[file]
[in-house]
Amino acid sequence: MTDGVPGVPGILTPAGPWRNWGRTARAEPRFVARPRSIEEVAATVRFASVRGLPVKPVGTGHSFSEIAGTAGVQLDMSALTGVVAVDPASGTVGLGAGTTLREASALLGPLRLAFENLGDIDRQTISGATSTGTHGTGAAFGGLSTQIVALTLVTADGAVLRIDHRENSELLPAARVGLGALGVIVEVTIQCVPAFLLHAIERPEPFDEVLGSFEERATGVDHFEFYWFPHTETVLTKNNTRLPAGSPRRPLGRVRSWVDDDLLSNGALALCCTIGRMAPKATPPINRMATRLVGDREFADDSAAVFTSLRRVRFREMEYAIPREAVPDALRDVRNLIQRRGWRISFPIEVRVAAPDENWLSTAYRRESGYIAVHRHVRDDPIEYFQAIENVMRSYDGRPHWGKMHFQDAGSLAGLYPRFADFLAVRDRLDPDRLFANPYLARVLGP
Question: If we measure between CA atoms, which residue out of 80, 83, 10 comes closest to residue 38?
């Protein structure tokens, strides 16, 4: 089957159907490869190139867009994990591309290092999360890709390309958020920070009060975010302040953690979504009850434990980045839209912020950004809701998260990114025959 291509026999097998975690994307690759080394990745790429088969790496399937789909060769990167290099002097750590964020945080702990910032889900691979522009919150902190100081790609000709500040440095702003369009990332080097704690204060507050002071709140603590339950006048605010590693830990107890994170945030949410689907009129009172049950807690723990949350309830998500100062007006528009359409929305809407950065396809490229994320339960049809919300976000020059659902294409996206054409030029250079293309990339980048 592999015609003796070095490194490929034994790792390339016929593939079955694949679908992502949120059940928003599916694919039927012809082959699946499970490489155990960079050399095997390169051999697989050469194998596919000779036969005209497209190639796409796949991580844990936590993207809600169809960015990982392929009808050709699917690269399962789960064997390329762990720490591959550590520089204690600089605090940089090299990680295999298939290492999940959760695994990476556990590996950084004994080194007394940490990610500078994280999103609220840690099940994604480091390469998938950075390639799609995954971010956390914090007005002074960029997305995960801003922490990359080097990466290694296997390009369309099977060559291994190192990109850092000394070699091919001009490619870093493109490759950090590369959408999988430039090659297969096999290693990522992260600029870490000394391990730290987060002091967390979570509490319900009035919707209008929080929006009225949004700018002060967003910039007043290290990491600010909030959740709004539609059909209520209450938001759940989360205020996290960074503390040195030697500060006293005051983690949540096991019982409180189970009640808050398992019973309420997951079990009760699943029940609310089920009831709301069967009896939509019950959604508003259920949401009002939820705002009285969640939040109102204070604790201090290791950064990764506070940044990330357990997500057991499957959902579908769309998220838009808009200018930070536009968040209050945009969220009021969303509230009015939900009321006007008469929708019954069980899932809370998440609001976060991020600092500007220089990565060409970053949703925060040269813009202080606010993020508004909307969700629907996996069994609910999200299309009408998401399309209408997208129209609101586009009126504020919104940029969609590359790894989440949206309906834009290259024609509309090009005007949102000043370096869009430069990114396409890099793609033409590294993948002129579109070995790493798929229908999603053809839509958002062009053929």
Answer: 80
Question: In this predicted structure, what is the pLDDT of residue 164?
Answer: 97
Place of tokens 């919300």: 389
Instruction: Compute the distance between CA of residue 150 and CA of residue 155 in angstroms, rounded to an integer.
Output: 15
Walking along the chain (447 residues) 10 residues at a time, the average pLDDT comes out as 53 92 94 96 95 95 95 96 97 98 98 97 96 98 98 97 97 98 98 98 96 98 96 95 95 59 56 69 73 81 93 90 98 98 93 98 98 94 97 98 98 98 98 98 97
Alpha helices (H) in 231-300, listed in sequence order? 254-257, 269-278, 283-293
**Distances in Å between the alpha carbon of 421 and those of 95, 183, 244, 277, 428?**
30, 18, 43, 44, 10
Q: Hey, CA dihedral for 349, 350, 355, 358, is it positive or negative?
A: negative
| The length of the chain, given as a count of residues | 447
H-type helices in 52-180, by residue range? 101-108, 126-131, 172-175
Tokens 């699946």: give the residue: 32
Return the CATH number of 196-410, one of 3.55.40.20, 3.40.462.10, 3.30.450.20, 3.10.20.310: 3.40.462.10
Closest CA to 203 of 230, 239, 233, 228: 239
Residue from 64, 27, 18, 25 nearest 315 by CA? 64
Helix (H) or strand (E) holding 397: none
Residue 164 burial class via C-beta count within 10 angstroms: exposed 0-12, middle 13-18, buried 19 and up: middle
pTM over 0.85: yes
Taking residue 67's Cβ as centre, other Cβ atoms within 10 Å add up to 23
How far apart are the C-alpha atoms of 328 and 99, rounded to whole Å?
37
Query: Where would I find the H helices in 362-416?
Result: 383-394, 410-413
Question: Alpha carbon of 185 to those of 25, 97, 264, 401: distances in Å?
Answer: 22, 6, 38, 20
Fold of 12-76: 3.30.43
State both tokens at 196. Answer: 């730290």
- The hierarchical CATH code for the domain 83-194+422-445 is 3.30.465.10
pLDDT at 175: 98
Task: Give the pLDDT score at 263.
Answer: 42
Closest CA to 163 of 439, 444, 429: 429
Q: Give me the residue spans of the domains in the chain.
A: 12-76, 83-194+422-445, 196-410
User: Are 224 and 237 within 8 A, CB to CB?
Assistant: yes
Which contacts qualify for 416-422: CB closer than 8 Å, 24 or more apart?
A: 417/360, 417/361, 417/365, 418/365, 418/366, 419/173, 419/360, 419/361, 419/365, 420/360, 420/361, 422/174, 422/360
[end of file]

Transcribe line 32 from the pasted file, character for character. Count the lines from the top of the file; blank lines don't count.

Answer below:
Answer: 22, 6, 38, 20